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DynaTrace's Top 10 Performance Problems taken from Zappos, Monster, Thomson and Co

DynaTrace in Top 10 Performance Problems taken from Zappos, Monster, Thomson and Co, has provided a useful compilation of performance problems, with potential solutions, that they've found while working with their clients. 

  1. Too Many Database Calls -  too many database query per request/transaction.
  2. Synchronized to Death - in a high-load or production environment over-synchronization results in severe performance and scalability problems.
  3. Too chatty on the remoting channels - too many calls across these remoting boundaries and in the end causes performance and scalability problems.
  4. Wrong usage of O/R-Mappers - incorrect usage of the framework itself too often results in unexpected performance and scalability problems within these frameworks.
  5. Memory Leaks - GC does not prevent memory leaks, it is important to release object references as soon as they are no longer needed.
  6. Problematic 3rd Party Code/Components - check of every framework before introducing it into your code.
  7. Wasteful handling of scarce resources - Resources such as memory, CPU, I/O or the database are scarce. Wasteful handling of these resources results in lack of access to these resources by others and ultimately leads to performance and scalability issues.
  8. Bloated web frontends - many applications get packed with too much stuff.
  9. Wrong Cache Strategy leads to excessive Garbage Collection - Before implementing a caching strategy you have to figure out which objects to cache and which objects not to cache.
  10. Intermittent Problems  - Intermittent problems are hard to find. These are usually problems that occur with specific input parameters or only happen under certain load conditions. 
  11. (Bonus Problem) Expensive Serialization. Different types of serialization have a different impact on performance, scalability, memory usage and network traffic.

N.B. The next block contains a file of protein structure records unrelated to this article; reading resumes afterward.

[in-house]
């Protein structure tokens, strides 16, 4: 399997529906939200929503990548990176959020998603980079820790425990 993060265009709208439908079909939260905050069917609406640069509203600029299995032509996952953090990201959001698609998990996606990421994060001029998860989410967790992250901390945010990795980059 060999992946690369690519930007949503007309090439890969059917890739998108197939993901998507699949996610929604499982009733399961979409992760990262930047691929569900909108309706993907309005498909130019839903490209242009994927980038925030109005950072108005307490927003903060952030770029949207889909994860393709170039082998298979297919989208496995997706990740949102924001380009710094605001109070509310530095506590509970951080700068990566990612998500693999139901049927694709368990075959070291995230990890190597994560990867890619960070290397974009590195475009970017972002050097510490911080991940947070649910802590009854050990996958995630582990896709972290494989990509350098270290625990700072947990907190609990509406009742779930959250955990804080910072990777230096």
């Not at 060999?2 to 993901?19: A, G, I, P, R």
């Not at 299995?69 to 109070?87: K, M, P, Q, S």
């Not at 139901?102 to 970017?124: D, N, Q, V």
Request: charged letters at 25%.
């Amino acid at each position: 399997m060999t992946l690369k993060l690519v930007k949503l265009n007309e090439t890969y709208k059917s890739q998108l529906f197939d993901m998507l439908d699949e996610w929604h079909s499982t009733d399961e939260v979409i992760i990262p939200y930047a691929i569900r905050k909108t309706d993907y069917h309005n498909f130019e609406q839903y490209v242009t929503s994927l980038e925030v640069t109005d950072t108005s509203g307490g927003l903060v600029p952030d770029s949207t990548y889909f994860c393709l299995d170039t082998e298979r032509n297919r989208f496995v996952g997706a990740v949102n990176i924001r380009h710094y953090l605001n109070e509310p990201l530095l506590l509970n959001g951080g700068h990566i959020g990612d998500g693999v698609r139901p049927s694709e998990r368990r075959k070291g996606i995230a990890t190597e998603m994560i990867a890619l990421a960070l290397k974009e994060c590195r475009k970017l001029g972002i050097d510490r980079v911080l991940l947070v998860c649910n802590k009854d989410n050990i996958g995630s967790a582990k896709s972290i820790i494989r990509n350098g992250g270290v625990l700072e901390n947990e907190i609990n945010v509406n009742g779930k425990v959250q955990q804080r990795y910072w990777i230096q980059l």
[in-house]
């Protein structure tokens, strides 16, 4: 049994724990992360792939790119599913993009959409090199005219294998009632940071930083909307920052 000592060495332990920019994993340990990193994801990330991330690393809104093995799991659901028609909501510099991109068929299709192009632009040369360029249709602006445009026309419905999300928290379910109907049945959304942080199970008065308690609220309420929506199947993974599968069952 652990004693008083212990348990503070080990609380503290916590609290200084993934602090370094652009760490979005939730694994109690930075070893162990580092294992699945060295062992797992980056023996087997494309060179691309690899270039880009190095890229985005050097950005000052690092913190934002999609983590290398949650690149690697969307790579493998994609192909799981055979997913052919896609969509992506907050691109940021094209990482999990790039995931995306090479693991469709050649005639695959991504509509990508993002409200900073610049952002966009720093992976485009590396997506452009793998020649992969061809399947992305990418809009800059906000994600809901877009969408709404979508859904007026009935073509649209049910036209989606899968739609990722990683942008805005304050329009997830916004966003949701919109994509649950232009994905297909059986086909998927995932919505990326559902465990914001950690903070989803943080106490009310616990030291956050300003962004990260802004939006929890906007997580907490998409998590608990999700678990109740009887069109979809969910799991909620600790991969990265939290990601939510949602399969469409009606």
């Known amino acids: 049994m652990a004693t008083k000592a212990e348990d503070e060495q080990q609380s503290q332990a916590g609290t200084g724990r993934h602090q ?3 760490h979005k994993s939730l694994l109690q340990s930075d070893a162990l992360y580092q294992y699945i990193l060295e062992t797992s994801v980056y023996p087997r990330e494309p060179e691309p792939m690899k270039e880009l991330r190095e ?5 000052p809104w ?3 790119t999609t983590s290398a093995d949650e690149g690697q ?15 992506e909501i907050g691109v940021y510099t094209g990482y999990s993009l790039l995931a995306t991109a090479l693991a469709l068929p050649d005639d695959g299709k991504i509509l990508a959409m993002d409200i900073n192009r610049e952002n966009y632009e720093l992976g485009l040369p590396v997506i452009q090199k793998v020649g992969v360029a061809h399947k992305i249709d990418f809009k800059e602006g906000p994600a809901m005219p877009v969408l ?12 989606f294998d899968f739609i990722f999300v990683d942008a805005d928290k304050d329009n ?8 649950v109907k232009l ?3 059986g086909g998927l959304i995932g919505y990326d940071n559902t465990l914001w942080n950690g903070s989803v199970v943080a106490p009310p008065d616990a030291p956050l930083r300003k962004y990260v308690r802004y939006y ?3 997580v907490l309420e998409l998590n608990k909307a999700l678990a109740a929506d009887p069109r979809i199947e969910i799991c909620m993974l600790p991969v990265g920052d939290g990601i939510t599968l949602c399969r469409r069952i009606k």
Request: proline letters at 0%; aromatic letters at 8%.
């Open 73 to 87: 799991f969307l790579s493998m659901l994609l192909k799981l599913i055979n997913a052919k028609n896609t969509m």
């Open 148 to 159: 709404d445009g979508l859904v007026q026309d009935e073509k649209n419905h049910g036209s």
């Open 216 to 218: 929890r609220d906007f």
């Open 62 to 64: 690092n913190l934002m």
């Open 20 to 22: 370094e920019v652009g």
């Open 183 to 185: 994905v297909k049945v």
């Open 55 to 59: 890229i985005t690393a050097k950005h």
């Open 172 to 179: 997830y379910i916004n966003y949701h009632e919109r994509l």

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Reader Comments (5)

Excellent list. Thanks for bringing it to my attention. ;)

July 14, 2010 | Unregistered CommenterJeff Darcy

One pattern that I'd add that cuts across these is a failure to properly identify critical performance paths. Many systems, for example, have a fairly tight API that represents 99% of the critical traffic (or more) and is small enough that it could be hand-tuned, but its built using the same framework and design practices that are used on the associated public website. Or the reporting engine. Or whatever.

Figure out what's really important and tune the ___ out of it... and be willing to use whatever time-saving inefficient framework you can to speed development on the remainder of the system if needed to make sure that you've got the time to spend where you have to. If a complex admin-facing web-portal leaks a little memory for each user that's reclaimed when their session expires, but it represents .001% of your traffic, it probably doesn't matter - and you should happily trade that "problem" for the chance to hand-tweak a SQL statement that's called 1,000 times a second.

July 14, 2010 | Unregistered CommenterRichard

I love your website! did you create this yourself or did you outsource it? Im looking for a blog design thats similar so thats the only reason I’m asking. Either way keep up the nice work I was impressed with your content really..

July 14, 2010 | Unregistered CommenterKpss

Reasons 2-5 can be summarized as: Using Java.


July 15, 2010 | Unregistered CommenterAnonymous

I don't have big website , but i love your blog :).
Learning so much about scalability

July 16, 2010 | Unregistered CommenterIwan BK

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